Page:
One day as we were travelling around a gentle curve one lad looked out through the little window and shouted “look at that”. As more people peered through, we could see the beginning of the train; the locomotive as it puffed away. Looking the other way, we could see the end of the train. We started counting wagons, there were just over forty. More than forty wagons of men, women and children taken from their homes, from their country, herded like cattle. A trainload of human misery being driven nearly non- stop from one town to the next and still we did not know why, and where we were being taken.
At times as we stopped at stations during the night, we were awoken by wheel tapping. A worker used to go along the train with a long-handled hammer tapping the bearing box on each wheel. It was a method of checking wheel bearings.
The next big place where we stopped was, I believe Penza. As always the same routine, some soup, bread and water and back on the road. The food that we brought with us from Poland had by now long gone and we were not only cold but also hungry.
On the tenth or eleventh day of our journey, the train stopped at Kuybyshev (Samara). I remember it very well because of all the ice-covered bridges we went over before arriving at the station. After a short stay, the train left the station and the journey seemed never-ending. The word “Siberia” used to come up very often during our conversation now. I think everybody guessed that Siberia was our destination, but no one wanted to say it aloud. Quite a few hours after departing from Kuybyshev we stopped in a town called Ufa, and we were very close to the Ural Mountains. Beyond lay Siberia.
Sometime after leaving Ufa the terrain became very hilly, and then we went into the mountains. We could not see much except for steep slopes, some trees and everything was covered in snow. After travelling for what seemed like ages, going through a few tunnels we were on the other side of the Urals, - we were in Siberia. Then we reached the town of Chelyabinsk, but our journey did not end there. An hour or so later we were going again. Then came Sverdlovsk, [Ed. note now Yekaterinburg] but the train just kept hurtling on, further and further, deeper and deeper into the Siberian Taiga. About two hundred miles from Sverdlovsk the train stopped in the small town called Irbit.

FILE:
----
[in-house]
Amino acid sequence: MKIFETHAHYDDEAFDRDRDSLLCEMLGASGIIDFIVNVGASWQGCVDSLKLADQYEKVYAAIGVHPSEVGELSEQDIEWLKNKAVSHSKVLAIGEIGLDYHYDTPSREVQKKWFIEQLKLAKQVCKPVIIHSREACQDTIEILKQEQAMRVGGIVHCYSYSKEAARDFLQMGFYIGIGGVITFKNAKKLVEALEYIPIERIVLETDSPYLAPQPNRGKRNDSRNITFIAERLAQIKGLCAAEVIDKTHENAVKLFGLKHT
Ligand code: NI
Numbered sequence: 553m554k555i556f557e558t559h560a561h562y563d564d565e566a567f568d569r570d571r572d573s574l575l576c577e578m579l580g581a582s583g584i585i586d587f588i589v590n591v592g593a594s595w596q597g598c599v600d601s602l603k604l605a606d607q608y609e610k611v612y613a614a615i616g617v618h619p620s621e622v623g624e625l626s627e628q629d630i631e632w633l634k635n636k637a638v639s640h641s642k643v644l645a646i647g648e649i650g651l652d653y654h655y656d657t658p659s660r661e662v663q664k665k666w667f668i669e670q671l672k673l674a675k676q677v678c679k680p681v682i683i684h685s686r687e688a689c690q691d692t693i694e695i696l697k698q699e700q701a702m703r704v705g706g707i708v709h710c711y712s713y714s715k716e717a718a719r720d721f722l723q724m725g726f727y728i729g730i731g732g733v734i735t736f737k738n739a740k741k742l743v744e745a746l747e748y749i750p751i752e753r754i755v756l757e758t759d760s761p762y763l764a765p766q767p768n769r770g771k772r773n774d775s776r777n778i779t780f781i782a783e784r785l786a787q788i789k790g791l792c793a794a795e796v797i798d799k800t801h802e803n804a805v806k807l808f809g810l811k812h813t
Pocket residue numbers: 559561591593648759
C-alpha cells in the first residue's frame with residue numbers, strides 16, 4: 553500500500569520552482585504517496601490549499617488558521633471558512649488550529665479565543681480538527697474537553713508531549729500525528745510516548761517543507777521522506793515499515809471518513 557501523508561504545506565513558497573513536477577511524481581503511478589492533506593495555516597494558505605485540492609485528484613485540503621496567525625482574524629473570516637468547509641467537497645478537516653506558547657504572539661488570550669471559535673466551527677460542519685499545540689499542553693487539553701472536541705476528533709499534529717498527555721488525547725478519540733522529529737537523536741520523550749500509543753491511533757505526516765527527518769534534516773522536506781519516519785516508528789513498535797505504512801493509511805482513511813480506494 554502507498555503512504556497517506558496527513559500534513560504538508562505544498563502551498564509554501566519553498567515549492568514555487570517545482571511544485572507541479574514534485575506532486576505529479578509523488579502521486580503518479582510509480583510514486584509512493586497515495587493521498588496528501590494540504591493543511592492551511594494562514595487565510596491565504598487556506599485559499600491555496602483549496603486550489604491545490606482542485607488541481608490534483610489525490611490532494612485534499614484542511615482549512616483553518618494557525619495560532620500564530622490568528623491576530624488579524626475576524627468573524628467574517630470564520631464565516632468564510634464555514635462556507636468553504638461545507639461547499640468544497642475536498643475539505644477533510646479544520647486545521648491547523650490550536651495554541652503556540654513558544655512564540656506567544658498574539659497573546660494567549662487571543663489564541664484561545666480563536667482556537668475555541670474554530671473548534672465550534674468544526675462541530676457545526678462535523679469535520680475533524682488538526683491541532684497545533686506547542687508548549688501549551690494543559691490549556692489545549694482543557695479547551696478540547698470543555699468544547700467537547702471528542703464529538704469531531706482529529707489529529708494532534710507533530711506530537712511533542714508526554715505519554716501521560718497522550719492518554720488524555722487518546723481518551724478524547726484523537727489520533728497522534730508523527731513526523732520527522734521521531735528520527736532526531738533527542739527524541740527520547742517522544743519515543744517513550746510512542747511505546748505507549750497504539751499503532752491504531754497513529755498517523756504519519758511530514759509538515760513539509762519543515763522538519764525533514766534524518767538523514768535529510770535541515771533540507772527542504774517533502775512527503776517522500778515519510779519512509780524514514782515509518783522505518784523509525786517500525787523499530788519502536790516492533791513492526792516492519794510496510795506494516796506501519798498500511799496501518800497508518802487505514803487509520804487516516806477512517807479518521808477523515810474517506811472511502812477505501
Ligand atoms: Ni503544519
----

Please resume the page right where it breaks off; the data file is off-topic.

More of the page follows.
We did get a little food and some water there, then the train left the station and we were going still deeper into the forest. Eventually, after about two or three hours the train pulled into the little town of Heryakow [Ed.note: No records found for this location] and stopped. The doors were opened and we were told to take our belongings and leave the train. After being held in a confined space for so long it was nice to stretch our legs and breathe in fresh air even though it was very cold.
Across the way was a narrow-gauge railway line. The train already waiting there had no coaches just open platforms. We were ushered onto the platforms and a little later the train pulled away. There was nothing, but snow-covered trees as far as we could see on either side of the line. After an hour or so we came into a clearing in the forest and there were some wooden buildings, a camp at the end of the railway line. I think it was early afternoon of 26 February 1940, sixteen days after starting this terrible journey when the train at last stopped. The guards who travelled with us withdrew in the last town. We were so to speak free, but there was nowhere to go except the forest.
When the train stopped everybody got off, and the camp commandant appeared. He introduced himself and welcomed us to the Soviet Union; then we were taken to the living quarters. There were three big wooden barracks. Near each end were three or four steps leading to the door. As we entered there was a short corridor and then the main corridor running the full length of the building. On each side were rooms, like prison cells, but without the locks on the doors.